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Med Decis Making. 2005 May-Jun;25(3):290-300.

Can patients interpret health information? An assessment of the medical data interpretation test.

Author information

1
VA Outcomes Group, White River Junction, VT 05009, USA. Lisa.Schwartz@Dartmouth.edu

Abstract

OBJECTIVE:

To establish the reliability/validity of an 18-item test of patients' medical data interpretation skills.

DESIGN:

Survey with retest after 2 weeks. Subjects. 178 people recruited from advertisements in local newspapers, an outpatient clinic, and a hospital open house.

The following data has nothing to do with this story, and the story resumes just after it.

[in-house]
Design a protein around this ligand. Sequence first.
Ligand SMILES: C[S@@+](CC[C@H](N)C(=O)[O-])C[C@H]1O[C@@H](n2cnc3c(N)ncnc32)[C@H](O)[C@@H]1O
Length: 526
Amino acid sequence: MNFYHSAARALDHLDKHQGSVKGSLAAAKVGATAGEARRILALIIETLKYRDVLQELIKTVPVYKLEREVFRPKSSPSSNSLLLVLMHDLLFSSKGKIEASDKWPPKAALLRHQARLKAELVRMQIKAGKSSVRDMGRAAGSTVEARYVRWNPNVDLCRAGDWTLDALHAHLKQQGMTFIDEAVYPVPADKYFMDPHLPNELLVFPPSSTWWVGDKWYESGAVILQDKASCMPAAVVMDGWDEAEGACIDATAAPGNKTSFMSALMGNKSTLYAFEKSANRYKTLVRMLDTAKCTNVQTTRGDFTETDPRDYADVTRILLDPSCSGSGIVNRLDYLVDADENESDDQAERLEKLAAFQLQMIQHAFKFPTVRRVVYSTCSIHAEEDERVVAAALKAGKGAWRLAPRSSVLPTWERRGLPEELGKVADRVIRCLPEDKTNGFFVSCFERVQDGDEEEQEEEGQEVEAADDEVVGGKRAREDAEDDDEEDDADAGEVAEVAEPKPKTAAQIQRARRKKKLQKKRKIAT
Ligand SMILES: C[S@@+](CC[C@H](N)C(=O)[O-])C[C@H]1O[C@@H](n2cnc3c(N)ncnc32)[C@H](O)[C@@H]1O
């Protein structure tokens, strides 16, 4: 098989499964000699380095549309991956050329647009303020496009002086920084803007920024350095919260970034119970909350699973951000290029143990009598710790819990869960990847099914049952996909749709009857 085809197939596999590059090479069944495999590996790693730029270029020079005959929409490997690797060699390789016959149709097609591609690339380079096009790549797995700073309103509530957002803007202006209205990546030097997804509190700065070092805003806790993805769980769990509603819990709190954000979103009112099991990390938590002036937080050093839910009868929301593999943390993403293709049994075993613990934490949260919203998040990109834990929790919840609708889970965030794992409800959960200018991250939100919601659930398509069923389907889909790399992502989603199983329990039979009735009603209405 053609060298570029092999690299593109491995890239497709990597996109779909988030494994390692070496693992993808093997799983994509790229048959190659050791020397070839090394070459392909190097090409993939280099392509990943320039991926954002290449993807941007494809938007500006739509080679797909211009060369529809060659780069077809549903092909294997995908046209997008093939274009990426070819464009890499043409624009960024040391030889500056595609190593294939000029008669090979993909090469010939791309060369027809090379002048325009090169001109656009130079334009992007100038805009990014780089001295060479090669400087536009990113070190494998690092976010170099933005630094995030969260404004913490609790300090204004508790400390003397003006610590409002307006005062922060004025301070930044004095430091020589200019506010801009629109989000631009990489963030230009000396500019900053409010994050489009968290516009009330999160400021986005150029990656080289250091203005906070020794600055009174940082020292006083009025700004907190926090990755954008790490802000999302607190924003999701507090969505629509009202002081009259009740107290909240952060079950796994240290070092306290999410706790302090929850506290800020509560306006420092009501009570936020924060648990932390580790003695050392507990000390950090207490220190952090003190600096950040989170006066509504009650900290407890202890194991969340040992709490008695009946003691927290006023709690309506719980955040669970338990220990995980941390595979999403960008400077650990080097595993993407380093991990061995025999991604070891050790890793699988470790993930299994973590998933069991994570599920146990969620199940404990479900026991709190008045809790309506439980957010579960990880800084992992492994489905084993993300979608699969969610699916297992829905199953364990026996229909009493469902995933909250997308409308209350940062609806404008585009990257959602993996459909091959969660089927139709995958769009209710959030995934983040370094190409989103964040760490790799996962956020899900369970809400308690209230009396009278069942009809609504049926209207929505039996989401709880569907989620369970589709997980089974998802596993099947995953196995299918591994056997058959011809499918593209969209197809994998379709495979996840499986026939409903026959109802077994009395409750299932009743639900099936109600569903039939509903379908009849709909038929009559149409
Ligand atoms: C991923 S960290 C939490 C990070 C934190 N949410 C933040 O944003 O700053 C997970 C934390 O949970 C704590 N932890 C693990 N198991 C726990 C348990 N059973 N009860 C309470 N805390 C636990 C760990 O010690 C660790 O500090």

RESULTS:

The percentage of correct answers to individual items ranged from 20% to 87%, and medical data interpretation test scores (on a 0- 100 scale) were normally distributed (median 61.1, mean 61.0, range 6-94). Reliability was good (test-retest correlation=0.67, Cronbach's alpha=0.71). Construct validity was supported in several ways. Higher scores were found among people with highest versus lowest numeracy (71 v. 36, P<0.001), highest quantitative literacy (65 v. 28, P<0.001), and highest education (69 v. 42, P=0.004). Scores for 15 physician experts also completing the survey were significantly higher than participants with other postgraduate degrees (mean score 89 v. 69, P<0.001).

CONCLUSION:

The medical data interpretation test is a reliable and valid measure of the ability to interpret medical statistics.

PMID:
15951456
DOI:
10.1177/0272989X05276860
[Indexed for MEDLINE]

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